Very clever design using the cam. It's also interesting how Robin has a different perspective on the 4RowBot.
I built the 4RowBot (took me a week to learn how to compile Lejos Java apps , in particular, packages - it's all about the paths!, I digress). I agree you have to make sure the board is aligned perfectly, and the background light has to be even so the colour sensor works ok, but I love the overly complicated mechanics like the chain drive
I assumed using a webcam instead of a colour sensor would simply be "better" but so far I've found they are are about equal (obviously Andy's project is about mastering a specific goal which he's done wonderfully).
The classic robot that uses the colour sensor to the max is Tilted Twister 2. Once built correctly, and operated in a gloomy lit room, it works flawlessly. And uneven or bright light and it fails a lot.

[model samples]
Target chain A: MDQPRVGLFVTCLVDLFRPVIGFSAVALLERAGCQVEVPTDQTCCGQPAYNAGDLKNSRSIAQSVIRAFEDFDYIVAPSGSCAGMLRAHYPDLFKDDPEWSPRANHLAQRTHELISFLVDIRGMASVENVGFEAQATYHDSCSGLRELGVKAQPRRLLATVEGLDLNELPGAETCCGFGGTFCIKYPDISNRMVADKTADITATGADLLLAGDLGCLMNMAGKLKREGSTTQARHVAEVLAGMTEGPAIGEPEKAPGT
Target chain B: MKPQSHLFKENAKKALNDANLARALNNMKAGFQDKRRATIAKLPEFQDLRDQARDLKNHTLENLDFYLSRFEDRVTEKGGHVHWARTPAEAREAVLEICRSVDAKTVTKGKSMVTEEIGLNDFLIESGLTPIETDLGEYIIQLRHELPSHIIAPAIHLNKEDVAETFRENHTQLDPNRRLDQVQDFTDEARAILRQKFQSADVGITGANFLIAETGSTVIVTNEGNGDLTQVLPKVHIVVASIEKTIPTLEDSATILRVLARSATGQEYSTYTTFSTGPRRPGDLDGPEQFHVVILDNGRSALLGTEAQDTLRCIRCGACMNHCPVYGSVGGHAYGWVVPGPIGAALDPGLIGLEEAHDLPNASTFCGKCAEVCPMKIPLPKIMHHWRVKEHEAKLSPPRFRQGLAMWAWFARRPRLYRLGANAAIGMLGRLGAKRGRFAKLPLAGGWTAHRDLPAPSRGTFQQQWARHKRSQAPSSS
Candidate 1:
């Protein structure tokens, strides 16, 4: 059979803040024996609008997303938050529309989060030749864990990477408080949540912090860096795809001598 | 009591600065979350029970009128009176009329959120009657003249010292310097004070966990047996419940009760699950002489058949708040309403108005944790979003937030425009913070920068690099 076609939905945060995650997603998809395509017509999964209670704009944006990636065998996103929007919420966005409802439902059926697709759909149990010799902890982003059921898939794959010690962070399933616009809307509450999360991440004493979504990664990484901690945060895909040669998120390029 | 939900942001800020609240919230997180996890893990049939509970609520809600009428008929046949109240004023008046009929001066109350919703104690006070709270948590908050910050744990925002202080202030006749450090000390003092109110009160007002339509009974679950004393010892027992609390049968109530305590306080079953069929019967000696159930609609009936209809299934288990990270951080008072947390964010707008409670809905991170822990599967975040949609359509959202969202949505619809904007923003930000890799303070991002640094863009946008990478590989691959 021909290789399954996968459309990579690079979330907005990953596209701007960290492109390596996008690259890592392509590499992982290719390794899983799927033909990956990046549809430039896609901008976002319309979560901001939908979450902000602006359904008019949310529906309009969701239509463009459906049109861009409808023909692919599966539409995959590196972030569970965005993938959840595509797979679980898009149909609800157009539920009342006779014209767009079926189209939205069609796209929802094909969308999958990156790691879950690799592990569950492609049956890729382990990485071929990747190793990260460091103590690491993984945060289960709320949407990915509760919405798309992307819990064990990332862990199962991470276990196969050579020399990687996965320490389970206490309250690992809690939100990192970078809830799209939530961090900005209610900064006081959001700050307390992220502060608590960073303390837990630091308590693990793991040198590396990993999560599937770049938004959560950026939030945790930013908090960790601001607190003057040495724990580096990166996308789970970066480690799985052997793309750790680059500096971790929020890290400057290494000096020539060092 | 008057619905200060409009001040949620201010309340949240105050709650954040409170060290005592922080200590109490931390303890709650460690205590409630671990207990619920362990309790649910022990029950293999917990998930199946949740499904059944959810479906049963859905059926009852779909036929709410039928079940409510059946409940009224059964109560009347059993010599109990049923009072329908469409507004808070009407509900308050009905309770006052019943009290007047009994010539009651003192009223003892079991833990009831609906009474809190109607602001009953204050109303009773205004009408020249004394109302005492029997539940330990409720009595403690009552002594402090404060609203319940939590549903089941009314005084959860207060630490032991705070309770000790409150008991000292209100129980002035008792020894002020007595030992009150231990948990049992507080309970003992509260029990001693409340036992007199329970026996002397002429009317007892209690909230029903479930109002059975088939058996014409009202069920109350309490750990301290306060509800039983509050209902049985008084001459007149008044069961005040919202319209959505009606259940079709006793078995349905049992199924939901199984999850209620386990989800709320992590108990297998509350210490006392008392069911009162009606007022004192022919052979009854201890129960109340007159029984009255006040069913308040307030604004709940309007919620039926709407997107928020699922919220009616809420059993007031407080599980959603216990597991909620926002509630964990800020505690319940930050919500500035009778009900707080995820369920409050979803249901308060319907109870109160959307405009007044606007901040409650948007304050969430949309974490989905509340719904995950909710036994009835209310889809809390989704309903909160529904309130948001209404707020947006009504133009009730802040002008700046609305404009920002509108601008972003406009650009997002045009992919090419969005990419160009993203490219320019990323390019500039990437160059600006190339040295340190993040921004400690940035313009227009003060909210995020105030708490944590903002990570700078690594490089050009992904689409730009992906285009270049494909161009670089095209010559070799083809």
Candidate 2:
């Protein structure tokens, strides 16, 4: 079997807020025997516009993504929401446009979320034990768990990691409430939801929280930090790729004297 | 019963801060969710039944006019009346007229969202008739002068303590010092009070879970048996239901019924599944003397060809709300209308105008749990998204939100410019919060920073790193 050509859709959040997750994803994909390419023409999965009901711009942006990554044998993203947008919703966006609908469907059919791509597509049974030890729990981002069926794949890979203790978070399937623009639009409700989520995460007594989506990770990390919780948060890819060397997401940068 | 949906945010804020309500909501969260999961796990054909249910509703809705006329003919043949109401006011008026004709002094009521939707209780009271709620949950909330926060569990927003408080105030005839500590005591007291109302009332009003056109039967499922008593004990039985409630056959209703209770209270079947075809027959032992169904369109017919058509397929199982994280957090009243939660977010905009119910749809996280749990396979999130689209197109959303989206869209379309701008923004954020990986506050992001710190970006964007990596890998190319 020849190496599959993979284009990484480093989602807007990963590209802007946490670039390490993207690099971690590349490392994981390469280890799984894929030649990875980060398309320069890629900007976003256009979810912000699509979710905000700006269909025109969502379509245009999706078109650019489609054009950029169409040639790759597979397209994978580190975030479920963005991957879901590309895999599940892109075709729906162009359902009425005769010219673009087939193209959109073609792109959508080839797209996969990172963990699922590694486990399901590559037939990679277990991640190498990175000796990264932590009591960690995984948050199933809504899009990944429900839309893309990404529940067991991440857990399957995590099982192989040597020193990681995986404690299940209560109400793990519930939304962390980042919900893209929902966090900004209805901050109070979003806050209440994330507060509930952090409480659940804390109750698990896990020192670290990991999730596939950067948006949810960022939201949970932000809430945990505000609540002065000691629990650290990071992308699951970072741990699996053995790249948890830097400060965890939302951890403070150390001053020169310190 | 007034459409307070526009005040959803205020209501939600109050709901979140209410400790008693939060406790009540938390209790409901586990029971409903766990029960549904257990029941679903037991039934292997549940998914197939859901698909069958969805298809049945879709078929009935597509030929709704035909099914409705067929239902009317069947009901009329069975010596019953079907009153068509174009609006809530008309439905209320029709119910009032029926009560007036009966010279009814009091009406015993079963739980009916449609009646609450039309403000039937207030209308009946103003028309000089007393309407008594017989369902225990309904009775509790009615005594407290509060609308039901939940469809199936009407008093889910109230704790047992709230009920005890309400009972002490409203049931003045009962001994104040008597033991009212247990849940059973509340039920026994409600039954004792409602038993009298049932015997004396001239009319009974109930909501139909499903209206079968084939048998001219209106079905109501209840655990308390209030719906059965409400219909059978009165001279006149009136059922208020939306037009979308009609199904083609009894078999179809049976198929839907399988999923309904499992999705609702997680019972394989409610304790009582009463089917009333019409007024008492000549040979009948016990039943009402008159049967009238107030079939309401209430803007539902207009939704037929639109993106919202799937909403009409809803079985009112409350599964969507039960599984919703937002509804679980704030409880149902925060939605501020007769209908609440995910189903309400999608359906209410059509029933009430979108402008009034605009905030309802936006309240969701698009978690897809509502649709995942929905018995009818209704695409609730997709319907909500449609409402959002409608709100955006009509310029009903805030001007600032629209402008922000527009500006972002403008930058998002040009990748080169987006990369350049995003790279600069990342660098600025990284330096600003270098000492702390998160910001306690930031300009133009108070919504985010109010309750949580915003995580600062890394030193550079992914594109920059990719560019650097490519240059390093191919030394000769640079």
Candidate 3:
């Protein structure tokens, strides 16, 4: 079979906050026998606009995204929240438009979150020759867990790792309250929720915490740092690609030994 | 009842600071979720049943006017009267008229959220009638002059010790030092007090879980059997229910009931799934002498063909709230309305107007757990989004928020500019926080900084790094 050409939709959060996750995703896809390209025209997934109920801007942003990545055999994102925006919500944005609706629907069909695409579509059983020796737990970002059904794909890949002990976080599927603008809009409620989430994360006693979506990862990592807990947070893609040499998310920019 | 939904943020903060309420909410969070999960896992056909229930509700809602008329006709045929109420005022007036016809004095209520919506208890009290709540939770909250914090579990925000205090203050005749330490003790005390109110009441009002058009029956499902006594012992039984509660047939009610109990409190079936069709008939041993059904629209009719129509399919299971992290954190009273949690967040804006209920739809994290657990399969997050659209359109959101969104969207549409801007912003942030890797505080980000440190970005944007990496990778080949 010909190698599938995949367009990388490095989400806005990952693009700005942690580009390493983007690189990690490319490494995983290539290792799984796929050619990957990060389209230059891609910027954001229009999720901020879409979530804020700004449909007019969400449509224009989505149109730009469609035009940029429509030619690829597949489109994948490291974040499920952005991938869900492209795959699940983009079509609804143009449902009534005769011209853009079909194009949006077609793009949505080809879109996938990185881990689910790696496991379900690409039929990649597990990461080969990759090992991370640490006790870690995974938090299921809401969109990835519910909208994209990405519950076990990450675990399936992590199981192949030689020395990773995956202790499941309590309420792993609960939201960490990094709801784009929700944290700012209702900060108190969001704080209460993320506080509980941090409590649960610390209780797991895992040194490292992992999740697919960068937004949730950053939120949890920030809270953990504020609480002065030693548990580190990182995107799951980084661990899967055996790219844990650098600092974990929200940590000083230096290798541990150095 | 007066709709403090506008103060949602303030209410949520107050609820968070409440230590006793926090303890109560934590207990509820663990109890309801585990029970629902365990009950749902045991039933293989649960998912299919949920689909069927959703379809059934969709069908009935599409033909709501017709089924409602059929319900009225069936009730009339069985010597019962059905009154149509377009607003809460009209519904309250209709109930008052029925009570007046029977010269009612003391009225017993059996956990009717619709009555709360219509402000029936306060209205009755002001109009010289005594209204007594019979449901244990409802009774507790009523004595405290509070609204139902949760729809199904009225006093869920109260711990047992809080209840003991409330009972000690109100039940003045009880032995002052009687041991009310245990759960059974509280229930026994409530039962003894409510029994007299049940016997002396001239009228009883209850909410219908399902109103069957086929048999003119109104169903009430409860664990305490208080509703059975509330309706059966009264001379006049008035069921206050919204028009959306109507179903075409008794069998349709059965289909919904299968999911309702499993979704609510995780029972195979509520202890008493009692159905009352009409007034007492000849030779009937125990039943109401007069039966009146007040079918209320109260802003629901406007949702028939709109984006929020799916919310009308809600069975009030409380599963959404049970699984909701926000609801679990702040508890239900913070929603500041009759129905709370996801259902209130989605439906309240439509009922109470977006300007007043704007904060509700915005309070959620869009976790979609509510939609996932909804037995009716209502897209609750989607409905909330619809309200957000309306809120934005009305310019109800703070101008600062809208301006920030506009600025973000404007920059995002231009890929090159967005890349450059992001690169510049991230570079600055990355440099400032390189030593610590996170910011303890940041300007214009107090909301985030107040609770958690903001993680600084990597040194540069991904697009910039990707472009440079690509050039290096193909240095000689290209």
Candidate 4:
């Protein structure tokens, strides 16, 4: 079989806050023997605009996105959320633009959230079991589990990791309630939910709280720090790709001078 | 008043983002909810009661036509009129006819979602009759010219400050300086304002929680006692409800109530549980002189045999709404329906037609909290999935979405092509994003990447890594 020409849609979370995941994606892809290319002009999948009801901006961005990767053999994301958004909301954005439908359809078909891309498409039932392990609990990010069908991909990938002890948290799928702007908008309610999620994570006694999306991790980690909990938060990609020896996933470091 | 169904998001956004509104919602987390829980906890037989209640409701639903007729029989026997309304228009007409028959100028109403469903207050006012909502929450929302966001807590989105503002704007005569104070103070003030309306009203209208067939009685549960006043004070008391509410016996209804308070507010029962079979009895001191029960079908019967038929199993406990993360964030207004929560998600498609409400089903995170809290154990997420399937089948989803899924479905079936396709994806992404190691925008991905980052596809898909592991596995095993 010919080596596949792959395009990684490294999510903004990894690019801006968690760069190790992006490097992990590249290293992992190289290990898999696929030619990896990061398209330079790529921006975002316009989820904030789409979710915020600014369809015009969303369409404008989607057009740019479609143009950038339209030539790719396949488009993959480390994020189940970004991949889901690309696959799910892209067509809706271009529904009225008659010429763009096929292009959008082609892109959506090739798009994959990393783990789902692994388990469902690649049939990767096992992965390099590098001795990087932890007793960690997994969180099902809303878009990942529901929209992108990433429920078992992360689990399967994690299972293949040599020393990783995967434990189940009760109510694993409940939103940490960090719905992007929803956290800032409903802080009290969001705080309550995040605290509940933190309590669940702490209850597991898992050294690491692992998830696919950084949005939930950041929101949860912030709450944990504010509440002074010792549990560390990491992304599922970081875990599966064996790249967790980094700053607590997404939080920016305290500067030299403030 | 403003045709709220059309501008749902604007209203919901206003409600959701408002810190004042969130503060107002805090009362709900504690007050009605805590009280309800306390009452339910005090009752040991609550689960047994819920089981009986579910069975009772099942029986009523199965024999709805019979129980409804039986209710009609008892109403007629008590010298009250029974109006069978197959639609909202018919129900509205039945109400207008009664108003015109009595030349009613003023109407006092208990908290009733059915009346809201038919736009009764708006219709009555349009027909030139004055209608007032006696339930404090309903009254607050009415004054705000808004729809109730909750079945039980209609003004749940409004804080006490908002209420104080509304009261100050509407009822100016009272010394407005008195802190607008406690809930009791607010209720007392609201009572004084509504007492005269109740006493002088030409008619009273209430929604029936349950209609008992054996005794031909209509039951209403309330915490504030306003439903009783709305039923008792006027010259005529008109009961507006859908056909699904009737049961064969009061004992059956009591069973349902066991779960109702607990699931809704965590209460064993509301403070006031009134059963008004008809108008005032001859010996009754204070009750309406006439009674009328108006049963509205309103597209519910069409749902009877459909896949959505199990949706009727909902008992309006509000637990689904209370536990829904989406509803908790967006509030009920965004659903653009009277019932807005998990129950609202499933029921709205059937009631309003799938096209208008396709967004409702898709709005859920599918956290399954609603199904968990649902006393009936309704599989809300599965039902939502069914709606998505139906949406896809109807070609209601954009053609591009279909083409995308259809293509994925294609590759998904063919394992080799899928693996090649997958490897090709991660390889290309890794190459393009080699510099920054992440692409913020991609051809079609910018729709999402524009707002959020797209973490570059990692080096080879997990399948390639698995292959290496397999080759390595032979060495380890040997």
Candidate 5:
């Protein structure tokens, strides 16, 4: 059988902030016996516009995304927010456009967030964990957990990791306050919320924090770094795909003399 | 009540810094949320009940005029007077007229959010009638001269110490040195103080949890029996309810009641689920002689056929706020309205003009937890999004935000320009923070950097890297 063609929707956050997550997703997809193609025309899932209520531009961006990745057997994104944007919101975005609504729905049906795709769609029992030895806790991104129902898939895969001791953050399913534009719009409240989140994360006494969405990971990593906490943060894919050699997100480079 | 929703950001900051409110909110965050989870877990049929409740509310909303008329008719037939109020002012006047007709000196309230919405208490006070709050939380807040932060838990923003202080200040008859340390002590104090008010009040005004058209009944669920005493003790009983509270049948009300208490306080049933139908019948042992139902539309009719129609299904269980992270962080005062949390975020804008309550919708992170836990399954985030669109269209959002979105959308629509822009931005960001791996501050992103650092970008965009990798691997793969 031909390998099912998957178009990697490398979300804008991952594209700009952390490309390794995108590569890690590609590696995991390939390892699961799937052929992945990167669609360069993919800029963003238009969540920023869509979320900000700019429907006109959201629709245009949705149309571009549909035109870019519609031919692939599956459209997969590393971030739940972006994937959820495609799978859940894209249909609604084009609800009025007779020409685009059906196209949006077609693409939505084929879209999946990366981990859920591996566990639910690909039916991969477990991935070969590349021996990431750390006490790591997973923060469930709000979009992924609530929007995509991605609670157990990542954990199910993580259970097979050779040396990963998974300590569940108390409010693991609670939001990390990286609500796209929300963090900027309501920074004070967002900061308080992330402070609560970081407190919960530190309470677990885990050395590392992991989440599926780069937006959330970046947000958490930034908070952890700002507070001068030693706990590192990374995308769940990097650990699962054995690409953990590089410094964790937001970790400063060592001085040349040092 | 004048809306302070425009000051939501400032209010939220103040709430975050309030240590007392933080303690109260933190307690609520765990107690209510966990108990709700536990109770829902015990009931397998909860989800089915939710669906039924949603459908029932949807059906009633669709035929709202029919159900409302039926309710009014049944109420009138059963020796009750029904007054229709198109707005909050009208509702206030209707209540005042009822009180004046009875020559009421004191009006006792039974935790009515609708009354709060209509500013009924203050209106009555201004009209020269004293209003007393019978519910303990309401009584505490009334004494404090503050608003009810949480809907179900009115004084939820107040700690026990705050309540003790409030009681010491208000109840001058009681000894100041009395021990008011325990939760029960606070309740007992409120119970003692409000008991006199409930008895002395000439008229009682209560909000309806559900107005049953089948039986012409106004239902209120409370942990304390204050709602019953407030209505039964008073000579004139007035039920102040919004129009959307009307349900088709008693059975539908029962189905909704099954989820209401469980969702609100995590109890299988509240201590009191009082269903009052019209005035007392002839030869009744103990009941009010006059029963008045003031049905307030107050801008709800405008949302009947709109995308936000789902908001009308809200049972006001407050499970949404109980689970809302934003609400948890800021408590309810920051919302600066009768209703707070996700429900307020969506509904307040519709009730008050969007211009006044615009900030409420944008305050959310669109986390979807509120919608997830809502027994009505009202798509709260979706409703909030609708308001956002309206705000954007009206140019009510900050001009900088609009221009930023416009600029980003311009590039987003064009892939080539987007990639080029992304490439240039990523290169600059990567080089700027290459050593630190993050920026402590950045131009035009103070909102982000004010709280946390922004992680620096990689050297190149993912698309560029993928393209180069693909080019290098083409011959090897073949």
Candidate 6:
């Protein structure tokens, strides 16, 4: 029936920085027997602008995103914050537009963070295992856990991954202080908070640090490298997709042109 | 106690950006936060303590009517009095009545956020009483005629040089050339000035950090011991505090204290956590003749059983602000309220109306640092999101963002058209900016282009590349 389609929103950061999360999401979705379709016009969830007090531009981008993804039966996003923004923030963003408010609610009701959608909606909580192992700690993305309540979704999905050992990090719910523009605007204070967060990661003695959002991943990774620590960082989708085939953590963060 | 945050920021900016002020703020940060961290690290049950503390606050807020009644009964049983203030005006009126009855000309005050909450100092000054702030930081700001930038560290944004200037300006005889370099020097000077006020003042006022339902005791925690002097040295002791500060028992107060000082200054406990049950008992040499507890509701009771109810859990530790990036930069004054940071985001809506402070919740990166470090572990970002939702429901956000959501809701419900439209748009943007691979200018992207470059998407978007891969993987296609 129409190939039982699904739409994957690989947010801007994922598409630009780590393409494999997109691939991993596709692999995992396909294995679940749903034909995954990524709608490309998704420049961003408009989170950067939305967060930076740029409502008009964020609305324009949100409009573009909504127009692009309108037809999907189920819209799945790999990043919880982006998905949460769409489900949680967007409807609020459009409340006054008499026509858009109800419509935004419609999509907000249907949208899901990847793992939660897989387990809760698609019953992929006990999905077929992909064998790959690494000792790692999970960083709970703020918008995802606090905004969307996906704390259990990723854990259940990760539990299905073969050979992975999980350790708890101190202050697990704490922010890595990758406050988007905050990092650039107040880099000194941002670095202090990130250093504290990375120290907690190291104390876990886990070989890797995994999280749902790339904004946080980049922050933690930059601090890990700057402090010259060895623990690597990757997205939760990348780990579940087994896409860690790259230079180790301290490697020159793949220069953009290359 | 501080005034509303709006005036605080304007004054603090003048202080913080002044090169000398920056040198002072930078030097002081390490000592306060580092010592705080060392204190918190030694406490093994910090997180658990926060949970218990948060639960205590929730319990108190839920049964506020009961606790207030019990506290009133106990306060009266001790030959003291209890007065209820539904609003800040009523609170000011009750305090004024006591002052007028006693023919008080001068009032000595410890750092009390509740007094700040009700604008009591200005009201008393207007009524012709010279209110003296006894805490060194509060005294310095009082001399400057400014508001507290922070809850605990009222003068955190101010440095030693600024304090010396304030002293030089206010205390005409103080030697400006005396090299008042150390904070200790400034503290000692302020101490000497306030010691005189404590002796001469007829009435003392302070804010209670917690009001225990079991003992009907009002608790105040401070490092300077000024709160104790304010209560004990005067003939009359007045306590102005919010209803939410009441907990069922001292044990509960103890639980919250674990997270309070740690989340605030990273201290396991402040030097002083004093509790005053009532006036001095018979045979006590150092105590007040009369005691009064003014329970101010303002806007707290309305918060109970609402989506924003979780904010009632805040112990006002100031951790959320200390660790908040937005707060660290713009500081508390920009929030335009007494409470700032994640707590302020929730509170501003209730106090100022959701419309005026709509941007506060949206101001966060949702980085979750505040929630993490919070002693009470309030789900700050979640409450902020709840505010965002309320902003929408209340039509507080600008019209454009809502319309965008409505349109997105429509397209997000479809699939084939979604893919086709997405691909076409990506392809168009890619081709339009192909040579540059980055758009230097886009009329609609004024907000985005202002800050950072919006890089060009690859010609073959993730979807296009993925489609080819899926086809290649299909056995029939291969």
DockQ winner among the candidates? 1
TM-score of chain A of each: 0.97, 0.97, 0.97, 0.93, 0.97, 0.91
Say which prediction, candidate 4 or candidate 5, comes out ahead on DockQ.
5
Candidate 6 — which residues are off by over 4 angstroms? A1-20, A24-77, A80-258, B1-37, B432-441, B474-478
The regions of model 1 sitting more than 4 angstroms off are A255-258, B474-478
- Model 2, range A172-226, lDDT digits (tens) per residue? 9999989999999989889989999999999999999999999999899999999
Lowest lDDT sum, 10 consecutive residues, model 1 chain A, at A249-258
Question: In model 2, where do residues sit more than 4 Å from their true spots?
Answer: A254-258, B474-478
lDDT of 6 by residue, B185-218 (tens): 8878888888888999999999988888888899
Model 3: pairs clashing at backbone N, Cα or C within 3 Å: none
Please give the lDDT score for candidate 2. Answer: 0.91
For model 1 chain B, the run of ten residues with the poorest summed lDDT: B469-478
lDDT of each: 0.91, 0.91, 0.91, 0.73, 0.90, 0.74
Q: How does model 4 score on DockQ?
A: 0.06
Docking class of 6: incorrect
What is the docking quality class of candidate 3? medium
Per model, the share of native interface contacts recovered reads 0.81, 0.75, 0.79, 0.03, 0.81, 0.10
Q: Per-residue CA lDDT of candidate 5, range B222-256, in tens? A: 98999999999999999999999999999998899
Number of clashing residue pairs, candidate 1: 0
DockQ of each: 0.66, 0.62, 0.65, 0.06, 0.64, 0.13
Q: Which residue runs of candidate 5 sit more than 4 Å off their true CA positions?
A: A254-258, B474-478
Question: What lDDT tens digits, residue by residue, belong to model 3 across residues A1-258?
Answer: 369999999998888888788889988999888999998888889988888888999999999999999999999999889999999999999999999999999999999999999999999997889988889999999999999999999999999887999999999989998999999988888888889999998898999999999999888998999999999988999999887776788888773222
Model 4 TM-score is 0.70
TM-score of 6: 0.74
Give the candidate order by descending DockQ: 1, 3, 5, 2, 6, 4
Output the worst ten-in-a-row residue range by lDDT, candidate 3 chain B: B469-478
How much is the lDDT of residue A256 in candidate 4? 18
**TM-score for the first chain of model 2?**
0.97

I thought the scanning process of TT2 was too slow and that using a webcam solver would speed things up, being able to scan a cube face all at once. In reality I've found it is on a par with the colour sensor as webcams are really succeptible to uneven or too bright light when being used to determine colours. While testing my current cube solver it's been driving me mad. I get the best results with natural daylight. At night time, overhead bright lights are a no no, and I frequently have to shade the machine with my arms and hands to get successful readings.
btw - here are videos of my builds of 4rowbot, and another mini one that uses NXC
Anyhow - on a tangent I guess, but well done Andy - very nice!